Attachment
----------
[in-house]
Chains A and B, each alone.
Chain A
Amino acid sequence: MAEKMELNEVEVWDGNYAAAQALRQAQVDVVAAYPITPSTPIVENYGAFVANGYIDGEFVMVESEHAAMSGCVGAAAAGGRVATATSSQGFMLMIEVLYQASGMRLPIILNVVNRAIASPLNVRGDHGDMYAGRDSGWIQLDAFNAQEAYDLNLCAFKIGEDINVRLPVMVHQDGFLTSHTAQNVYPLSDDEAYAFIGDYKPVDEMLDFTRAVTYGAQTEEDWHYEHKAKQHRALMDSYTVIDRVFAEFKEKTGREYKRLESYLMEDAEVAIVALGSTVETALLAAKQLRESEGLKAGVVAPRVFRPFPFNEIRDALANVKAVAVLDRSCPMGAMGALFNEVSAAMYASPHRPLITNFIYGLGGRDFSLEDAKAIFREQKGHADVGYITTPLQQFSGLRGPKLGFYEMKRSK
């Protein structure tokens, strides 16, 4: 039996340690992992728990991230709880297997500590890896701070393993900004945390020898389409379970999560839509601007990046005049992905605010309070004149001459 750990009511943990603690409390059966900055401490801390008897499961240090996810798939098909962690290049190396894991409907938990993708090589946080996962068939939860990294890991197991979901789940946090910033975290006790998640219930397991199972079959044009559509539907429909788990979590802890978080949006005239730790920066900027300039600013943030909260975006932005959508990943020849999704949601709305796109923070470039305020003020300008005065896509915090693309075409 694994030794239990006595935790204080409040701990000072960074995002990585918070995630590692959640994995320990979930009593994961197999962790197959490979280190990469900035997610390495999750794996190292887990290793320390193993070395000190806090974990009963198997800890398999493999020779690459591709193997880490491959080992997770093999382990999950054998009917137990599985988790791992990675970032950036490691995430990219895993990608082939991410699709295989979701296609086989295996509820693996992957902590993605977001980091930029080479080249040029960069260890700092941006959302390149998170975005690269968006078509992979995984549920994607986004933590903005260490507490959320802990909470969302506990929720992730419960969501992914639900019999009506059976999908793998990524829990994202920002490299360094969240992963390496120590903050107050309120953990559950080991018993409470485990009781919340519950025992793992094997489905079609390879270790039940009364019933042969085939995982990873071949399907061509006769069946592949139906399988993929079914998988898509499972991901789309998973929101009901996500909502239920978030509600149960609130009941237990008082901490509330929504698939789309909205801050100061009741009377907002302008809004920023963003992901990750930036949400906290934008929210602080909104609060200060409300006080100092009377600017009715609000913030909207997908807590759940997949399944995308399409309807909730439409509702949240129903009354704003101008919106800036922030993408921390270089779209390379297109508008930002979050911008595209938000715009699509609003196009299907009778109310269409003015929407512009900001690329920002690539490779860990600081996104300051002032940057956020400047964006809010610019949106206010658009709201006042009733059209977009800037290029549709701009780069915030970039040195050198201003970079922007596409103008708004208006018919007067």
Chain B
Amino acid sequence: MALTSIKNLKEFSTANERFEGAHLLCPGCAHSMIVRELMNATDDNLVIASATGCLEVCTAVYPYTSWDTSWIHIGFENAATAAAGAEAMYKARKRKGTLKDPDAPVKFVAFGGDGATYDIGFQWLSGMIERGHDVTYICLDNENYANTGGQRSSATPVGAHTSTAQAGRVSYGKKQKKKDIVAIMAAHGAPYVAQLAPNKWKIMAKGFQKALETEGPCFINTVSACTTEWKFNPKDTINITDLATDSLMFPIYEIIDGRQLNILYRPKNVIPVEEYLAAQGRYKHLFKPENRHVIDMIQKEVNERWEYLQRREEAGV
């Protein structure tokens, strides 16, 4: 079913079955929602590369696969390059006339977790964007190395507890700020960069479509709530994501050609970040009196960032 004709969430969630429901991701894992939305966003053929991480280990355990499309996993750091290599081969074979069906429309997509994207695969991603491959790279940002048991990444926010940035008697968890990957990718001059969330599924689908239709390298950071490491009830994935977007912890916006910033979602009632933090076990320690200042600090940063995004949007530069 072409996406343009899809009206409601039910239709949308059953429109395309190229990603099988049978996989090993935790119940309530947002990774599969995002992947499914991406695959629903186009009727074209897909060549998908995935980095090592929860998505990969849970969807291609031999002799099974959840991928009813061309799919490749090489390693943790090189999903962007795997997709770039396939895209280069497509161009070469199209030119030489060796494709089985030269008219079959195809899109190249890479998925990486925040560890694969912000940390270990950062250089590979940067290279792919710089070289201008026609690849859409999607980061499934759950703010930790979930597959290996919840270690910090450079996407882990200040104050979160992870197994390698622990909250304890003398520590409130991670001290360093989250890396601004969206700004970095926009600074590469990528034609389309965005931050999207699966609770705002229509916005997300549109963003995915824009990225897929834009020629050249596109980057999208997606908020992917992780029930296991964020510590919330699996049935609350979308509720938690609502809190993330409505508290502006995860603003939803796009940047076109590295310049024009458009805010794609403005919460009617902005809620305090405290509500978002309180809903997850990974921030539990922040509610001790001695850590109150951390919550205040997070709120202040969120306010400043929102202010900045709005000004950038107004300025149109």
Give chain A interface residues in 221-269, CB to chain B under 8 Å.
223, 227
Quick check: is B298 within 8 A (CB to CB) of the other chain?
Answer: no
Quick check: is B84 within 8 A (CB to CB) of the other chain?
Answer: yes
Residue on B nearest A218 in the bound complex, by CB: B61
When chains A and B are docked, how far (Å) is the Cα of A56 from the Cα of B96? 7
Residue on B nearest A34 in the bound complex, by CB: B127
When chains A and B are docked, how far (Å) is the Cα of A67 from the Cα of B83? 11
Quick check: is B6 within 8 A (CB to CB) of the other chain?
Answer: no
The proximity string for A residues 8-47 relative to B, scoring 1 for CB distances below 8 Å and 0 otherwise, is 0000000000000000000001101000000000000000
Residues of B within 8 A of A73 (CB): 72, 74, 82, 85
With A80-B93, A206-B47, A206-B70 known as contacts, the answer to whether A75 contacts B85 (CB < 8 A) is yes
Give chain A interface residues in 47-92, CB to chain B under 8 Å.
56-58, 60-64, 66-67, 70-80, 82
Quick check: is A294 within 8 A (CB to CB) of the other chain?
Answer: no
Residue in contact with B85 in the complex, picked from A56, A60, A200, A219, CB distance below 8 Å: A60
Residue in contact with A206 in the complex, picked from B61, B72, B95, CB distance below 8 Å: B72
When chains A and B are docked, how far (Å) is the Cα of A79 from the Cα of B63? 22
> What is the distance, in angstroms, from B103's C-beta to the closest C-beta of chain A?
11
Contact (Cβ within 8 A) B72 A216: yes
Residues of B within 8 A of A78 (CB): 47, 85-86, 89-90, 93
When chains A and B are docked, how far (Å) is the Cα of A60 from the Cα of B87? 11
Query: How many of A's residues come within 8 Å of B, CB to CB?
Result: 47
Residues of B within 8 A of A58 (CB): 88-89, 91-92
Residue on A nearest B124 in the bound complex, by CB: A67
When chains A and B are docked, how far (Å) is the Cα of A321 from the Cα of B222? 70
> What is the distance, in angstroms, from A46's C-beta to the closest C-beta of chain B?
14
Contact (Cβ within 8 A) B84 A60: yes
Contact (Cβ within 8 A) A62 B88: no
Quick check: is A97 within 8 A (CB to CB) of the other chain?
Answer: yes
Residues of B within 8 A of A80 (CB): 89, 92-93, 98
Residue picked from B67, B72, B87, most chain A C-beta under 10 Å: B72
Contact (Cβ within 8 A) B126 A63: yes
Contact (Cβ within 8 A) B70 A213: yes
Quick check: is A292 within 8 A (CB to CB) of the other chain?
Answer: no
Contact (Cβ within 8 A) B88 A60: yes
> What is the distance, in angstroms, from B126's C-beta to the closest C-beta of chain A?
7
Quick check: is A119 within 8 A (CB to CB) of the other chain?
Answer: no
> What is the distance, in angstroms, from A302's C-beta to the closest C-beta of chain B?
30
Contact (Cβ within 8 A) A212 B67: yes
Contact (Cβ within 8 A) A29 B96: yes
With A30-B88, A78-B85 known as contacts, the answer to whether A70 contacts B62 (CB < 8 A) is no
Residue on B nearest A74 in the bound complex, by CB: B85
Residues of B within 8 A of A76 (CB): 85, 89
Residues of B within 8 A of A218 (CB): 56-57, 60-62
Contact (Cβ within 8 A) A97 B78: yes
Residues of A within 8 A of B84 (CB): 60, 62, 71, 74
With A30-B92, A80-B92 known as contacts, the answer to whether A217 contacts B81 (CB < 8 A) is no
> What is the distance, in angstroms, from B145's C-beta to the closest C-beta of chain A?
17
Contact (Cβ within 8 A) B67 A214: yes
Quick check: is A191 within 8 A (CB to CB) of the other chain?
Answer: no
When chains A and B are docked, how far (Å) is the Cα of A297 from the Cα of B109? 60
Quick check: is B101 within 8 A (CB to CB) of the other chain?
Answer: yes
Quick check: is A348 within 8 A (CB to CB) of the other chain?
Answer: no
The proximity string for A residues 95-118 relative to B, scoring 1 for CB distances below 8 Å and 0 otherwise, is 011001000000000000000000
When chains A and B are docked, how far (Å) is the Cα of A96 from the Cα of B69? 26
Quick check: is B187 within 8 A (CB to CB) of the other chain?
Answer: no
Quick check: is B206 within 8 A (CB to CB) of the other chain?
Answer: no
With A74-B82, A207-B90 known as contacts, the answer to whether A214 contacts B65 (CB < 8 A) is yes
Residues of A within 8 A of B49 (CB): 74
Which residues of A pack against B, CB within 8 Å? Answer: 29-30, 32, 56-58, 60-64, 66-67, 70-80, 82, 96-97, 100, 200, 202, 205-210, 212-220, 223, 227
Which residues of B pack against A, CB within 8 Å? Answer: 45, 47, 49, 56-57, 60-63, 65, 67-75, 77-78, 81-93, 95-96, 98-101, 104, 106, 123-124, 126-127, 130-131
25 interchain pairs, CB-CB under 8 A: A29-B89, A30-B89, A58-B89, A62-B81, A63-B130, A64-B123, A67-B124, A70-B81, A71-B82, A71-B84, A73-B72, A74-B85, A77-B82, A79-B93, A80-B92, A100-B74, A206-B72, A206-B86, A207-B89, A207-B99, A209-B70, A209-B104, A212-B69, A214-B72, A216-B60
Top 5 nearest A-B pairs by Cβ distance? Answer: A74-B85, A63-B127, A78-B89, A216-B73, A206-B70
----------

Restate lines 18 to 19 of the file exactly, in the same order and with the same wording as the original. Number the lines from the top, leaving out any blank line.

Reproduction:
When chains A and B are docked, how far (Å) is the Cα of A67 from the Cα of B83? 11
Quick check: is B6 within 8 A (CB to CB) of the other chain?